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Immigrants and Family History
Wednesday, April 10, 2013 • Posted April 10, 2013 2:47 PM

While attending a recent meeting in Bulverde, Texas, I found myself sitting next to Dean and Betty Dowd. They informed me that they were Family History consultants and would be staying after the meeting ended in order to help people interested in tracing their ancestry. I informed them of my interest in tracing my family tree but that I had no information with me. No problem. I gave them the names of my parents and grandparents and their approximate birthdates and in no time at all, their names appeared on the computer screen—along with their ancestors going back several generations. I was impressed.

During the month of March, 2013, FamilySearch, the largest genealogical organization in the world, hosted its annual conference, “RootsTech 2013,” in Salt Lake City. It was attended by 6,700 people from throughout the United States and many parts of the world. 10,000 others viewed selected sessions of the conference via live streaming on the internet. (Some previously broadcast sessions can be viewed for free now by going to the website www.rootsearch.org). FamilySearch CEO Dennis Brimhall said that if all goes well, “we will next year run that to 600 locations, which will bring 120,000 attendees to RootsTech next year worldwide.”

FamilySearch and its predecessor organizations have been collecting family history since 1894. “It took us from 1921 to 2006--85 years, starting with typewriters and then with computers—to get our first billion records,” said Mr. Brimhall. “But thanks to hundreds of thousands of volunteers and enabling partners, we now have 3.2 billion searchable names online.” 1.7 million names are being added every day.

“Genealogy is an important subset of family history,” said Allan F. Packer. “Family history includes genealogy but is much broader in scope and time. It is not limited to the past, but includes the present and the future. We research the past, create history in the present and shape history in the future.”

Mr. Brimhall said a turning point in saving priceless memories in his family occurred when his daughter, seeing my father’s war memorabilia, asked her grandmother to tell her his story. In 1943 the elder Brimhall had become an Army Air Corps cadet and was assigned as a bomber co-pilot and flew nine bombing raids over Germany and other targets. On his ninth mission, his plane was hit by flak that separated the left wing. The plane burst into flame.

Escaping by parachute, he saw the plane’s navigator fall past him in a partially torn parachute. “Hi ya, buddy,” he said as the man fell past him. The two of them ended up in a famous prisoner of war camp in Germany from which they were later liberated. It turns out that an airman in another plane on the same bombing run had taken photos of his father’s plane being shot down and those photos are now a part of his father’s legacy. “There are people all over this country and the world who are finding ways to tell their own family stories and save them for generations to come.”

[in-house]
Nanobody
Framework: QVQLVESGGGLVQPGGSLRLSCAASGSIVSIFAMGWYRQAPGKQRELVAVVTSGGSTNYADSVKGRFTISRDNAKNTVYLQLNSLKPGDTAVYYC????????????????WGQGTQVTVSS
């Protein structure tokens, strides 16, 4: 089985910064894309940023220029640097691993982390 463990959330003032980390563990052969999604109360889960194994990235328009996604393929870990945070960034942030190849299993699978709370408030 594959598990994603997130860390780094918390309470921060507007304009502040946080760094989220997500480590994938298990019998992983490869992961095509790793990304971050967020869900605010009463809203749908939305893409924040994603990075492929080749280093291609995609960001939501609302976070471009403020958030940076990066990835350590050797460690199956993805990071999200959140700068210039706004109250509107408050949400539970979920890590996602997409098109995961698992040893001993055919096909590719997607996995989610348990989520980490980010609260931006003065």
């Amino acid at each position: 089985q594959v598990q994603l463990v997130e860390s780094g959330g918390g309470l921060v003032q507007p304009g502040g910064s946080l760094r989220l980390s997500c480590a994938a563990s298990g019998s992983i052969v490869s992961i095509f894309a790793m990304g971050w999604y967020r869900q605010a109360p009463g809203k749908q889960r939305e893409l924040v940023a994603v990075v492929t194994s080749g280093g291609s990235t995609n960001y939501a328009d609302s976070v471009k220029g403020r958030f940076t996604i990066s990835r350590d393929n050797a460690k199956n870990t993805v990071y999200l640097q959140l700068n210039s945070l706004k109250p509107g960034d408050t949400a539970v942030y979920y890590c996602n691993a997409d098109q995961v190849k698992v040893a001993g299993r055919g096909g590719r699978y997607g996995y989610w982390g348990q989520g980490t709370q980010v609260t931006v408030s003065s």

“When in 1920, Irving Berlin wrote of America as a ‘land that I love,’ he reminded us that wherever we live today, the land where we live is the land that we come to love,” said Allen F. Packer. “And when many of our ancestors have come from other places, those places become lands that we yearn to know about and love.”

One immigrant whose life was portrayed during the conference said, “I came to America because I heard the streets were paved with gold. When I got here, I found out three things: First, the streets weren’t paved with gold; second, they weren’t paved at all; and third, I was expected to pave them.”

Irving Berlin came to the United States at age five in 1893. He made a name for himself on New York’s Tin Pan Alley and later on Broadway beginning in 1911 with the hit song, “Alexander’s Ragtime Band.” He penned “God Bless America, land that I love,” not “we love.” It was a very personal song to him because this country allowed him to become what he became.

An interesting development in family history research is the use of DNA testing to discover one’s ethnicity. It is the key to discovering where your family is from and learning all about the places and cultures that make you who you are.

With emerging technology, more and more birth records, obituaries, photos, classified ads, passenger lists and military records are now available. These records help researchers begin to build stories about their ancestors. One company called “Stories in Stone” in Salt Lake City, for a fee, will provide a QR-coded piece of porcelain, aluminum, glass or vinyl that can be attached to a headstone at the cemetery. With a mobile device and scanning software, an individual can visit a gravesite and scan the QR code to look at an obituary, video, music, photo or story about the deceased.

The sheer numbers of records being digitized is amazing. Because of the incredible work of volunteers, 400 million new records are being added each year. The most remarkable development for 2012 was the release and digitizing of the 1940 census records.

Speakers at the RootsTech conference invited those in attendance “to create your history as you live in the present, discover the past by learning the stories of your ancestors, and shape the future by sharing your own stories.

In this country we are all immigrants or descendants of immigrants. We all have a story to tell. I am grateful to volunteers such as the Dowd’s who are willing to share their expertise for free in order to enrich my life and the lives of those whom I love most. (Source: R. Scott Lloyd, Deseret News, Week of March 31, 2013)

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